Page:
Current OCTA systems are based on either spectral domain (SD) or swept source (SS) OCT, and the latter has proven better able to detect choroidal neovascularization (CNV), a hallmark of such diseases as age-related macular degeneration (AMD). However, SS-based systems have a ways to go in terms of clinical development.1

Field-of-view (FOV) expansion is important because research is showing that in diabetic retinopathy (DA), for instance, early changes in blood flow and vessel morphology take place in the periphery of the retina, which may be outside the scanning area of current clinical OCTA systems.2 This is an issue that Zeiss addressed with the 12 mm2 FOV Plex Elite 9000 and that montaging algorithms such as OptoVue’s AngioVueHD Montage also look to tackle. While Plex Elite is a research instrument designed to help scientists understand OCTA’s clinical potential, FOV will likely continue to advance in commercial systems.1

A related need is greater speed. The viability of clinical OCTA depends on the time a patient is able to remain still without blinking—typically 3–6 seconds.2 Faster image-acquisition speed will facilitate scanning over a wider area while retaining the ability to detect slower flow.2

In addition, OCTA could benefit from systems that implement longer-wavelength light, optimized by application.2 Light centered on 1050 nm, for instance, rather than the 800 nm typical for ophthalmology applications, will allow OCTA to achieve greater penetration into ocular tissue, and thus provide better flow information for deeper structures.2 Similarly, in dermatology applications, a wavelength range centering on 1680 nm (rather than the standard 1300 nm) would allow deeper penetration into the dermis.2

Motion correction is important for revealing true flow information, and a method able to remove tissue-bulk motion that produces false positives, and to generate motion-free data without increasing scan time or adding artifacts, will facilitate both clinical and preclinical application of OCTA.2 In addition, the ability to reveal flow data hidden by the projected artifacts will provide more complete information.2

Finally, signal quantification is perhaps OCTA’s holy grail. And while researchers are working on this, it seems that a satisfying solution has yet to be found—so further work is needed here as well.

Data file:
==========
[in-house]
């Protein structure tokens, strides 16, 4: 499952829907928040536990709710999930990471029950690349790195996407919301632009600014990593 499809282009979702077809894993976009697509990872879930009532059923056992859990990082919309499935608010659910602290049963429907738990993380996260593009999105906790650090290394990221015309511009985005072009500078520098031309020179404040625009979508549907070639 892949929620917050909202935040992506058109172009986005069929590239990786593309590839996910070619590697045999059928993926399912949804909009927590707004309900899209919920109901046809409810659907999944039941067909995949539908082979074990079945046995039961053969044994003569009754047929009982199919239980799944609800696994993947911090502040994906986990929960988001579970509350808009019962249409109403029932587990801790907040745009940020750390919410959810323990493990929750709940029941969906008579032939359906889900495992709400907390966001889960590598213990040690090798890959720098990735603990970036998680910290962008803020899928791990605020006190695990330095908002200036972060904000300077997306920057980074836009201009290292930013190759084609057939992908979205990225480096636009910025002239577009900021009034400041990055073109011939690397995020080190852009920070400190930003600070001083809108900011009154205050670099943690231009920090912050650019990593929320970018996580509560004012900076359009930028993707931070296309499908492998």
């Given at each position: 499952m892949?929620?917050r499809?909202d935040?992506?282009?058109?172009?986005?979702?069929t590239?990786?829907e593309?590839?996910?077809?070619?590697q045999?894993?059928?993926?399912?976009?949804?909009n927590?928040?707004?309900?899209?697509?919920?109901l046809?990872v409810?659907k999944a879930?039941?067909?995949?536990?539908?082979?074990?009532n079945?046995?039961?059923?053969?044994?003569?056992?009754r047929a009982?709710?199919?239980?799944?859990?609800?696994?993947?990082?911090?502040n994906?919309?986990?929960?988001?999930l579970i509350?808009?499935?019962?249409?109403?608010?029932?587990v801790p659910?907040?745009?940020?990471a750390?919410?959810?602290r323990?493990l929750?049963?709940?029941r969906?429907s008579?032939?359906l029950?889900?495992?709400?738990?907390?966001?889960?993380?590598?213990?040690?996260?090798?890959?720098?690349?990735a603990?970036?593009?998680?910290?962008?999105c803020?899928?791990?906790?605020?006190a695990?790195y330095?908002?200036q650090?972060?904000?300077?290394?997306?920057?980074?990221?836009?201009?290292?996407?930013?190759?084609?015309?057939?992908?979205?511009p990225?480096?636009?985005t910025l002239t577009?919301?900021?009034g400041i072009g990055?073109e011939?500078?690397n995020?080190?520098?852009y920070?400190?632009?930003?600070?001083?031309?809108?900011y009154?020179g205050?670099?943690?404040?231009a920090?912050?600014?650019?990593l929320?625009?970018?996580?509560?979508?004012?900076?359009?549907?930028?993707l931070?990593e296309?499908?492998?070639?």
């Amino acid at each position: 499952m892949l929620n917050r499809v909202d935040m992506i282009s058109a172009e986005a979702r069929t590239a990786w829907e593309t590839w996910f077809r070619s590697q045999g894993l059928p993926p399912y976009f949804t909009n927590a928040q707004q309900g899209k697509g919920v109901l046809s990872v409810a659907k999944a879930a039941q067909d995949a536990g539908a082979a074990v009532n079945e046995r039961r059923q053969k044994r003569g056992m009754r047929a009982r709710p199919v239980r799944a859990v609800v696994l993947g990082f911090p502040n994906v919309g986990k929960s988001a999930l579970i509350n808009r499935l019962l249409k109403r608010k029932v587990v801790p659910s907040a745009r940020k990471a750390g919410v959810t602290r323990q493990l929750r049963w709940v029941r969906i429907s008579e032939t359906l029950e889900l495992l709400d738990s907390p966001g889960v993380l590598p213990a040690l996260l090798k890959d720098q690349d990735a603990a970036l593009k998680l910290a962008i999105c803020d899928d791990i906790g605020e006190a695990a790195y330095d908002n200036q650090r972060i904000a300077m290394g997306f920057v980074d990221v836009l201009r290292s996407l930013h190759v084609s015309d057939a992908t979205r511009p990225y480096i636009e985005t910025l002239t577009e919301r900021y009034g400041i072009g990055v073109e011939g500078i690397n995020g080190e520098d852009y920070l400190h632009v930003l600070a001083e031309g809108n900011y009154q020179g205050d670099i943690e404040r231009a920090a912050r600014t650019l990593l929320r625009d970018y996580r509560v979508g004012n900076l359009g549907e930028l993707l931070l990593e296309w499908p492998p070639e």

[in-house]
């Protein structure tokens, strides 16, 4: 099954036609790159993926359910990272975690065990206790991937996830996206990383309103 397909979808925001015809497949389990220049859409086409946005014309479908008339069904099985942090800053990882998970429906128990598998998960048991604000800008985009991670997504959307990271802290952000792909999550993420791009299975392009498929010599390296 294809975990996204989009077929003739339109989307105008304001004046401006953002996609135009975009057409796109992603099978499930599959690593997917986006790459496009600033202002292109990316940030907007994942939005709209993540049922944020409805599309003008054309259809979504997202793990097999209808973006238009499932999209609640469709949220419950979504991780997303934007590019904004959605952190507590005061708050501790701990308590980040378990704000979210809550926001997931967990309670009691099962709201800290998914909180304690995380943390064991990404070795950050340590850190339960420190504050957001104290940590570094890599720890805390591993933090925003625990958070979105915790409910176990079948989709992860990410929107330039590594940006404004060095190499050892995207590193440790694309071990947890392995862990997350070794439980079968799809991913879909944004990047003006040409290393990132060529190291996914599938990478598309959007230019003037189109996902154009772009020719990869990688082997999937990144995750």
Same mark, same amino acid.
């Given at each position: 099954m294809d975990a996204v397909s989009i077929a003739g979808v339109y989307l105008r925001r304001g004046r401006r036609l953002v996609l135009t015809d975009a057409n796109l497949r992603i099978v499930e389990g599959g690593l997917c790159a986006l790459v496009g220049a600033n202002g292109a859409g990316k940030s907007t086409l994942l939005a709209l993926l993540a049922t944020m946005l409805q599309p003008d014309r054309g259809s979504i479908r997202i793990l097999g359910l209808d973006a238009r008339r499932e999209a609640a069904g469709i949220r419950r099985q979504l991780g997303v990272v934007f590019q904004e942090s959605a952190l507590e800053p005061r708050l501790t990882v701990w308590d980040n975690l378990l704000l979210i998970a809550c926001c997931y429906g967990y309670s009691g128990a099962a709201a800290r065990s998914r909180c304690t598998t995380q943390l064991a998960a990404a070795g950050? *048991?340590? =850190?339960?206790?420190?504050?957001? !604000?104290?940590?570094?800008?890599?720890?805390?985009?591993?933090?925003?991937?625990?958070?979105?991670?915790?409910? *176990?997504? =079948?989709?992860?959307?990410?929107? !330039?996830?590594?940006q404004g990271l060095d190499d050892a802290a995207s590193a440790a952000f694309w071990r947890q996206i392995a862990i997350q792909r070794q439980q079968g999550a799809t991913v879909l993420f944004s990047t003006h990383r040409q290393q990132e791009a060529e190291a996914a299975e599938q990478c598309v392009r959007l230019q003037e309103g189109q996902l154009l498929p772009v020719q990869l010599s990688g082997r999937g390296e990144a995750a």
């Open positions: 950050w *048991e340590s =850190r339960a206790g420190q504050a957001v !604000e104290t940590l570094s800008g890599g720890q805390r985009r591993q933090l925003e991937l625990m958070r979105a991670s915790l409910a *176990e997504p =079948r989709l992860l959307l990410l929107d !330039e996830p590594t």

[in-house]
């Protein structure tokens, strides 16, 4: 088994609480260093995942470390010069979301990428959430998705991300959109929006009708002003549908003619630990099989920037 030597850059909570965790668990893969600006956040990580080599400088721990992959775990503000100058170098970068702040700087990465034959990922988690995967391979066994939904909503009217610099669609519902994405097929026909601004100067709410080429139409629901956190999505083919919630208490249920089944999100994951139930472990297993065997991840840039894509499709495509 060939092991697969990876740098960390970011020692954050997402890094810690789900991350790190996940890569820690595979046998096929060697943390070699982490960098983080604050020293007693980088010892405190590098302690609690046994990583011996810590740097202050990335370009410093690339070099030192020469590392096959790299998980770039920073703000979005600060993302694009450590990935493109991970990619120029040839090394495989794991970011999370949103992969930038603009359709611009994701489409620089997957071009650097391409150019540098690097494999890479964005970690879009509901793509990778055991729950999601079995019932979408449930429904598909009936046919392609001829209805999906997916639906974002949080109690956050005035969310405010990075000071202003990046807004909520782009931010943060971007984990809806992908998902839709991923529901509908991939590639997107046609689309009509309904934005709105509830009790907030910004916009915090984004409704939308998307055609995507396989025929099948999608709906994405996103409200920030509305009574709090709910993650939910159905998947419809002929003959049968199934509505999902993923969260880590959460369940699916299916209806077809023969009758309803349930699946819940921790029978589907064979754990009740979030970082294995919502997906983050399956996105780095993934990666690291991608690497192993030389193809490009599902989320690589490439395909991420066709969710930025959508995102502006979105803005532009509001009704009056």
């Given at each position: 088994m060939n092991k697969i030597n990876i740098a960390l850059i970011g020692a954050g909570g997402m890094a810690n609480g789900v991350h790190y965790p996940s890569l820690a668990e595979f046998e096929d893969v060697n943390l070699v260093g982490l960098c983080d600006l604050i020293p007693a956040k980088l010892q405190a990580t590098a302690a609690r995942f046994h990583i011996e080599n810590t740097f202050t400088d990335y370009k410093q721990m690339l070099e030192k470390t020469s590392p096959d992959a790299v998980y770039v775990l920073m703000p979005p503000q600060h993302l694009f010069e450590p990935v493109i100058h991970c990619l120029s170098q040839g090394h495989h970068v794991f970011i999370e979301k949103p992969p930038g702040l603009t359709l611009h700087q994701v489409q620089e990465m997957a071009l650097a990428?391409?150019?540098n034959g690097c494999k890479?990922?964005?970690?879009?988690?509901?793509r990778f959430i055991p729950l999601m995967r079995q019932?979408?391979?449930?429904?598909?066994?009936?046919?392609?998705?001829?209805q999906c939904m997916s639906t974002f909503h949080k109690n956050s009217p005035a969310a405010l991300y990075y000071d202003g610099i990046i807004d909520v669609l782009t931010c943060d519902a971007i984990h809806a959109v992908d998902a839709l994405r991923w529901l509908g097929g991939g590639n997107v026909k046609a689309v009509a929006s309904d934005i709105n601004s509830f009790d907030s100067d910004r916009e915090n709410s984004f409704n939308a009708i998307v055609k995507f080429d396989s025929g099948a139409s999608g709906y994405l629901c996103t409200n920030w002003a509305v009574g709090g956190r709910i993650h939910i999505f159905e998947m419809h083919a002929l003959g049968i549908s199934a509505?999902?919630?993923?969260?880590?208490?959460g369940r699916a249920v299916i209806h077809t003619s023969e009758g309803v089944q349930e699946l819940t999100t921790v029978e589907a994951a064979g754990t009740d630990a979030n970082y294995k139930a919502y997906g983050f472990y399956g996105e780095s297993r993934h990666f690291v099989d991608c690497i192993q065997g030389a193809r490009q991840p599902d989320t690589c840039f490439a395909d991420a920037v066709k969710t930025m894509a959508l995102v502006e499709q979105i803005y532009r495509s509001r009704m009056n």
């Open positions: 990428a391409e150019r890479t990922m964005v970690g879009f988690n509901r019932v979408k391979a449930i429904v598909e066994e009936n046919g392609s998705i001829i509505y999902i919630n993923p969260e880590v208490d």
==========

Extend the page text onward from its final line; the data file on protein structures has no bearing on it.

The eyes—and more—have it

OCTA has expanded the potential applications of OCT, and enabled insight into blood-flow changes related to progression of disease.2

For retinal diseases like AMD and others that clinicians have traditionally addressed using invasive dye studies, it seems likely that OCTA will increasingly become the standard for diagnosis and management.1

But OCTA also provides a novel means of assessing the peripapillary capillary plexus, a structure important in glaucoma that no other commercial imaging modality is able to highlight.1

While much work remains to facilitate clinical adoption, enthusiasm for OCTA is strong.3 And with its promise for application in dermatology, neurology, and oncology applications as well, it’s safe to say that OCTA has a promising future and that its capabilities imply great promise for patients.


1. A. H. Kashani et al., Prog. Retin. Eye Res., 60, 66–100 (2017).

2. C. L. Chen and R. K. Wang, Biomed. Opt. Express, 8, 2, 1056–1082 (2017).

3. J. P. Ehlers, Ophthalmol. Retina, 1, 6, 457–460 (2017).

4. C. L. Chen, Q. Zhang, A. Zhang, and R. K. Wang, "OCT angiography: A new approach with ‘gold standard’ capabilities and more," Laser Focus World, 51, 11, 58–61 (Nov. 2015).

About the Author

Barbara Gefvert | Editor-in-Chief, BioOptics World (2008-2020)

Barbara G. Gefvert has been a science and technology editor and writer since 1987, and served as editor in chief on multiple publications, including Sensors magazine for nearly a decade.